When I was growing up on Riverside Drive in the ’60s and ’70s, the mailbox on the corner listed a couple of times a day when the mail was going to be collected. As I remember it, if you went to the box at those times, the mailman would soon arrive to pick up the mail. I remember often running to catch the last pick-up of the day and seeing the mailman there, opening the box. And I knew that if I missed the pick-up, I could run up to Broadway, where there was a box that had a slightly later pick-up time.
It doesn’t work that way anymore, at least as of November 30, 2007. Click on the picture above (from the box on Fourth Avenue just south of 14th Street, and you’ll get a larger version that shows that the sticker was printed on that date.) As far as I can tell, all of the mailboxes in my zipcode — 10003 — have identical collection times: 7:00 a.m. and 1:00 p.m. Payphone-project.com provides a map on which you can see the locations of all the mailboxes in my zipcode. Click on any of the markers and you’ll see the same two times listed.
I’m assuming that there are not a host of mail carriers simultaneously picking up mail from all of the 10003 boxes. In fact, I’d bet there are relatively few (maybe even one) making the rounds. So what the times 7:00 a.m. and 1:00 p.m. actually mean are “sometime in the morning after 7:00 a.m.” and “sometime in the afternoon after 1:00 p.m.”
As for that 5:00 p.m. that we all used to know and love? Forget it: go to the post office if you want your mail to move in the late afternoon.
(By the way, it’s even worse in my old neighborhood, 10027, which seems to have a pick-up at 1:00 p.m. only.)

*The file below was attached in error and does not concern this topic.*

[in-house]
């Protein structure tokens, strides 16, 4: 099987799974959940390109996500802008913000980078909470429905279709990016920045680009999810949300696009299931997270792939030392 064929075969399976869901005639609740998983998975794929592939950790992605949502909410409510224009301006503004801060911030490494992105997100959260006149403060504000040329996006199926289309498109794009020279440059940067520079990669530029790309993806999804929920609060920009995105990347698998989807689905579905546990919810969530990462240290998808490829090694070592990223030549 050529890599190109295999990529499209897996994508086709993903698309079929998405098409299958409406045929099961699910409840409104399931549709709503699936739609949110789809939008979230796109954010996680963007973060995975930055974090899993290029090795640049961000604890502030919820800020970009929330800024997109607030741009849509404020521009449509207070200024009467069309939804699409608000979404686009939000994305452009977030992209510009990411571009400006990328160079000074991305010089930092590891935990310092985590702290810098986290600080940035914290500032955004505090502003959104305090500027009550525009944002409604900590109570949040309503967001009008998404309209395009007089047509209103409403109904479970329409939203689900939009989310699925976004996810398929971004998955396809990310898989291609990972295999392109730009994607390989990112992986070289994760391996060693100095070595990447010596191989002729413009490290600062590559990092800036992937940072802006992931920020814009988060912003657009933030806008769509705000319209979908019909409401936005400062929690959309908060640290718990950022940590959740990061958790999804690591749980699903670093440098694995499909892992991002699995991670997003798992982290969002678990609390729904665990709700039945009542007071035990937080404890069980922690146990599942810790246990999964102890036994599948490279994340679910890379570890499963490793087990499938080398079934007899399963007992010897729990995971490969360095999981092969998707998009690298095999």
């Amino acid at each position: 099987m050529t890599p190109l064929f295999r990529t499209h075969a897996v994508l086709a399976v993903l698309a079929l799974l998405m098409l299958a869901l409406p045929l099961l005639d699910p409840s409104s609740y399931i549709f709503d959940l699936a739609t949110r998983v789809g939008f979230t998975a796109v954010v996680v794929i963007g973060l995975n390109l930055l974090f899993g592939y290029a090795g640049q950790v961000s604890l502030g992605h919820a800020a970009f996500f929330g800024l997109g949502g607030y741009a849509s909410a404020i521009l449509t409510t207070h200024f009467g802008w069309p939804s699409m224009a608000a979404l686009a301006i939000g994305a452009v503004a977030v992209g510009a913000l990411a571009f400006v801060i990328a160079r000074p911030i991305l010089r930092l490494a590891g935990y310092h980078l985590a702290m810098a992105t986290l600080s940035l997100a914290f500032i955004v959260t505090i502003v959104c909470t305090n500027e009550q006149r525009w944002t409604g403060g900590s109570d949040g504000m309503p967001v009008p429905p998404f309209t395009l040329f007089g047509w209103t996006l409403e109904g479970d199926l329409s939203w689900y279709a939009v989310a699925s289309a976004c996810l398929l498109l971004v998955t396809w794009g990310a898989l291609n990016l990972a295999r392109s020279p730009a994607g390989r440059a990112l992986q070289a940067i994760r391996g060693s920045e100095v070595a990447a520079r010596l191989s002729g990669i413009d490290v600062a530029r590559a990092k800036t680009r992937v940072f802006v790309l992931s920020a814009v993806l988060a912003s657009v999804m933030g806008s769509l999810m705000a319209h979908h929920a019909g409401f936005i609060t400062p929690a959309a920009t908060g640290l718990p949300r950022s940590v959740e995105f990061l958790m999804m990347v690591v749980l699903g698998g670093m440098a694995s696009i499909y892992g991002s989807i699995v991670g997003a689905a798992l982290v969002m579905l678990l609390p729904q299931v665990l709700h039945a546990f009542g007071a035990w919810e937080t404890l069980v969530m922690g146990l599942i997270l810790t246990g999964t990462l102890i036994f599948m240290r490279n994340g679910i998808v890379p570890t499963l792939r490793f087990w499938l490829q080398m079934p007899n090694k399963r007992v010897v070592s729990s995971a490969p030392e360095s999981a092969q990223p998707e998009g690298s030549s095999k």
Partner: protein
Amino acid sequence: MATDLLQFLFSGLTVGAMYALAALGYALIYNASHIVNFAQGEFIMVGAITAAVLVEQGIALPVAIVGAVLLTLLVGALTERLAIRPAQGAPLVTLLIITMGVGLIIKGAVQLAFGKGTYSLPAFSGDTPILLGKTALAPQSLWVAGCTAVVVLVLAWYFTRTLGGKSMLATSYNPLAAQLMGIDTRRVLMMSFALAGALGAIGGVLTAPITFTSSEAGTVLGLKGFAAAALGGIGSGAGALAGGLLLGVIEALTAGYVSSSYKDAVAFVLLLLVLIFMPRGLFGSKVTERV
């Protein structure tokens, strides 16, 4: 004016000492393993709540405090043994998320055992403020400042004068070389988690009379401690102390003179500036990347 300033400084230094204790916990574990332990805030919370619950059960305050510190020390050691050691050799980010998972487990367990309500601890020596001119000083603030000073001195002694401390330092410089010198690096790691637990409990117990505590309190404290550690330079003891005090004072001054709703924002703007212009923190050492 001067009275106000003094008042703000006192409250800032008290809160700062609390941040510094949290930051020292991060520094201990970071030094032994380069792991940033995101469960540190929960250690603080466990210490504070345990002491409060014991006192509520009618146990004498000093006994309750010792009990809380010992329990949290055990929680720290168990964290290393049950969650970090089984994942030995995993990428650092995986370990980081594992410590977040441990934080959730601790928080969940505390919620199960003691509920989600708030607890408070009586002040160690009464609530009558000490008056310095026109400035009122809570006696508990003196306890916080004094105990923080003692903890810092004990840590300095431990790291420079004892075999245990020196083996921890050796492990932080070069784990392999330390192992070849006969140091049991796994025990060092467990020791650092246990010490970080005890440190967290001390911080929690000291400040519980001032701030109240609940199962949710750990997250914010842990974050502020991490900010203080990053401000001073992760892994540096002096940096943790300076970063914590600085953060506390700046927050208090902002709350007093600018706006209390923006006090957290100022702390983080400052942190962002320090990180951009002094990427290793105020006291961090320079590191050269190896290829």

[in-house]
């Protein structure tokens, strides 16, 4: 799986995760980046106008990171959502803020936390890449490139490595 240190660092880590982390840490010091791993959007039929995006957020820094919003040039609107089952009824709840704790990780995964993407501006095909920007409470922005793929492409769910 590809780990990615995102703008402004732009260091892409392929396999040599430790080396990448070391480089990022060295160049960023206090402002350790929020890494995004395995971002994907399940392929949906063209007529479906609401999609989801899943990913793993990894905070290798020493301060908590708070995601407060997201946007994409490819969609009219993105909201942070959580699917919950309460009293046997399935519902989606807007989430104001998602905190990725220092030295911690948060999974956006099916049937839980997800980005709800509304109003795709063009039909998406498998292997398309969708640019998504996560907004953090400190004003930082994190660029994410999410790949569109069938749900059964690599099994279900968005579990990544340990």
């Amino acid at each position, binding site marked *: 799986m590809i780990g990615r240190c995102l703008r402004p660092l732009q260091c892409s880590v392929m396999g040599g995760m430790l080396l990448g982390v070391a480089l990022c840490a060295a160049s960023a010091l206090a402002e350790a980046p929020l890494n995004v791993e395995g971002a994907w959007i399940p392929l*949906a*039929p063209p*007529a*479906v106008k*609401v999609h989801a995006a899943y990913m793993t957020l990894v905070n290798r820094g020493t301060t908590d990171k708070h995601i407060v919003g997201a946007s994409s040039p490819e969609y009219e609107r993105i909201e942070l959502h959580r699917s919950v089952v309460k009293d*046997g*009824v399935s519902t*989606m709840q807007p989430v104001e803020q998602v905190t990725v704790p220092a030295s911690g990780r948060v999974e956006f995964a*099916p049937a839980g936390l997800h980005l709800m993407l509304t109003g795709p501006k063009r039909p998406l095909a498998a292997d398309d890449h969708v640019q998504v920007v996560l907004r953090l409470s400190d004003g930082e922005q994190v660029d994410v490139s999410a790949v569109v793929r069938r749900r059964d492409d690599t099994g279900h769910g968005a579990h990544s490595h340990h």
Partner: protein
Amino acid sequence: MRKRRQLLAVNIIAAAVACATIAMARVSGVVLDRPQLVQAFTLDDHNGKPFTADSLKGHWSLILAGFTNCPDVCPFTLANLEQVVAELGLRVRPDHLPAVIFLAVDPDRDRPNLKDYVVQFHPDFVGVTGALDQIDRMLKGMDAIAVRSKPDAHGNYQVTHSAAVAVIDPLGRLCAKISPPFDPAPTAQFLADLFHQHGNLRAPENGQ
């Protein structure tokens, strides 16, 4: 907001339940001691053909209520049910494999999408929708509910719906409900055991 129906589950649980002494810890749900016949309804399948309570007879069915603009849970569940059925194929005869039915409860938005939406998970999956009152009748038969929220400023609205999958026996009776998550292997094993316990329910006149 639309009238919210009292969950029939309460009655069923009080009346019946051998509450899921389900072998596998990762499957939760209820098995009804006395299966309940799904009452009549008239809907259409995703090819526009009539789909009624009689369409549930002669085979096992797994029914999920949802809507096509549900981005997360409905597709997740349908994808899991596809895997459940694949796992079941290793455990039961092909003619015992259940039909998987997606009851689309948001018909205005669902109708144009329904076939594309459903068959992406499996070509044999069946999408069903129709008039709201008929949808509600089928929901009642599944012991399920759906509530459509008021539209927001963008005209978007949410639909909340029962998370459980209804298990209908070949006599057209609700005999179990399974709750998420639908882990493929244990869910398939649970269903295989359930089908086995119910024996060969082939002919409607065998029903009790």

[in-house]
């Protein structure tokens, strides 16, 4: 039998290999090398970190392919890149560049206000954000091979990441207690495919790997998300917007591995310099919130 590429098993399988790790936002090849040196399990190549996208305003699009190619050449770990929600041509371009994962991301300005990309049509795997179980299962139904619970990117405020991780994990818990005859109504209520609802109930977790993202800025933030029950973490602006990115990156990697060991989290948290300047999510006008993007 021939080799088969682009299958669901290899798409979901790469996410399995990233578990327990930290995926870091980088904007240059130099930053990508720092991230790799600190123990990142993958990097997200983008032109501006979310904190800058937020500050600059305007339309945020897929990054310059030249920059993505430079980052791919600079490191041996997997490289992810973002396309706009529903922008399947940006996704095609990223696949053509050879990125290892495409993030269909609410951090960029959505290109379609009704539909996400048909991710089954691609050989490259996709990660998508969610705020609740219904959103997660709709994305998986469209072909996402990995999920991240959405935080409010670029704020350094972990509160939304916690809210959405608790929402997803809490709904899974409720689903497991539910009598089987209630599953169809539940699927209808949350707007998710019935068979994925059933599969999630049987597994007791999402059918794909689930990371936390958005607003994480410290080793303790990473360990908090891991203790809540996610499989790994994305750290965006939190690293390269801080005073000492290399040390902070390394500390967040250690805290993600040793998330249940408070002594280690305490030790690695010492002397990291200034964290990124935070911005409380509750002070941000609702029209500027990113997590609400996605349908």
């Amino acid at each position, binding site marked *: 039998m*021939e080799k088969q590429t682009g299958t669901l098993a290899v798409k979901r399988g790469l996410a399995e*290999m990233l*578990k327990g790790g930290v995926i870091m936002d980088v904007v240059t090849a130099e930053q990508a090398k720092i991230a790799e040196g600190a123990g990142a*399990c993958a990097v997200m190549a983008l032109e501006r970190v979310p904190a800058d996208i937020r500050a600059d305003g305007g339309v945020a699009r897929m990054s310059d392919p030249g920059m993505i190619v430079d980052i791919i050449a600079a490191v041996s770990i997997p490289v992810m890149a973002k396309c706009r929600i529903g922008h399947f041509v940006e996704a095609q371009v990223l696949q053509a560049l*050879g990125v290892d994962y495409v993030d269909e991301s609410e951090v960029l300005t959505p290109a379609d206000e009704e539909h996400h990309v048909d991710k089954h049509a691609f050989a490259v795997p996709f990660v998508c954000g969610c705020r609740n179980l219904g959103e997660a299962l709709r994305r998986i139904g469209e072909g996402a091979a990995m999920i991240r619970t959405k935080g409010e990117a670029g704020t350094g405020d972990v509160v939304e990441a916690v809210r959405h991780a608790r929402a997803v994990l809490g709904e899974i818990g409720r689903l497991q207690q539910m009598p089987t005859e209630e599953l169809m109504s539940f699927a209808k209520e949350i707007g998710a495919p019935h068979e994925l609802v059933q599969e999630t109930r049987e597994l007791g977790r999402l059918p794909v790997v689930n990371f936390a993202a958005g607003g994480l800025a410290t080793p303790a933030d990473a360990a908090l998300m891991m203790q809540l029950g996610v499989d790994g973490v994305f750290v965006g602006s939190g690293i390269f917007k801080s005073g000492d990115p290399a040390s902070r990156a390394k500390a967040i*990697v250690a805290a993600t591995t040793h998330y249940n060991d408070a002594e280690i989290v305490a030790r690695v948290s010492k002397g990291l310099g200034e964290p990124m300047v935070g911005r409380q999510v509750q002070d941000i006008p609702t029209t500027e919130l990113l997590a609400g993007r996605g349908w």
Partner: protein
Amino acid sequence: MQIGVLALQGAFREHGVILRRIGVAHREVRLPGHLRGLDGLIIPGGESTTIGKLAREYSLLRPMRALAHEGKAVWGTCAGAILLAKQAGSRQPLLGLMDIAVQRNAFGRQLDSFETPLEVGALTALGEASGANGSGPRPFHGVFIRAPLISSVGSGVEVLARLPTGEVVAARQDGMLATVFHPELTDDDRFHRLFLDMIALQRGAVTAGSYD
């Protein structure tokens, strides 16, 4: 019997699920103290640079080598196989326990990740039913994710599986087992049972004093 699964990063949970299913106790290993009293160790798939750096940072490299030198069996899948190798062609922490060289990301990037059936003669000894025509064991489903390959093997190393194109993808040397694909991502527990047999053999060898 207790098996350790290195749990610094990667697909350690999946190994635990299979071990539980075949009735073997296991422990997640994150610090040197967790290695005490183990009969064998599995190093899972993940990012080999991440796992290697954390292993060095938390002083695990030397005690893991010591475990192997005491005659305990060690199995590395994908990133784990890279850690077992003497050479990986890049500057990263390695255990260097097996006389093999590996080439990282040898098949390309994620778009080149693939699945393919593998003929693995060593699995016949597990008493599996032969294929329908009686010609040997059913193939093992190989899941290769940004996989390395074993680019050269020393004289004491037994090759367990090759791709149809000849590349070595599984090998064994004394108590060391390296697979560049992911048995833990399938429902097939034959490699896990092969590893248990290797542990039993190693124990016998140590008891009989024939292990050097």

Hopefully the designated hours do indicate the earliest times that a mail carrier might arrive, and not an average pick-up time. Imagine some pour soul running out to make the 7:00 a.m. pick-up, when in fact the carrier had collected the mail at 6:50. Oh, you’ll say, but there’s the 1:00 p.m. as a fallback. Okay, well what if that carrier arrives at 12:50 p.m., and I get there at 12:59?
Which is often the case, when I’m trying to return a Netlix disc in a timely fashion. Generally the mails are pretty speedy in and around the New York area. I know that if I get that envelope in the box around the corner before 1:00 p.m., then Netflix has it the next morning, and I have my new disc the following day (except when Netflix has to send the disc from a non-local warehouse).
What does this all mean? Is it a sign of greater or less efficiency that I can no longer be sure precisely when my mail is being collected? Maybe it all moves so fast and so well that I shouldn’t worry about hitting a particular time of day. But if there is, in fact, an unpublished timetable, wouldn’t you like to know it? Wouldn’t you like to know that you can actually put the Netflix disc in the box at, say, 3:00 p.m. and have it move the same day?
If anyone has any inside knowledge about the USPS’s mail collection policy in New York City, we’d love to hear about it at ahistoryofnewyork.com.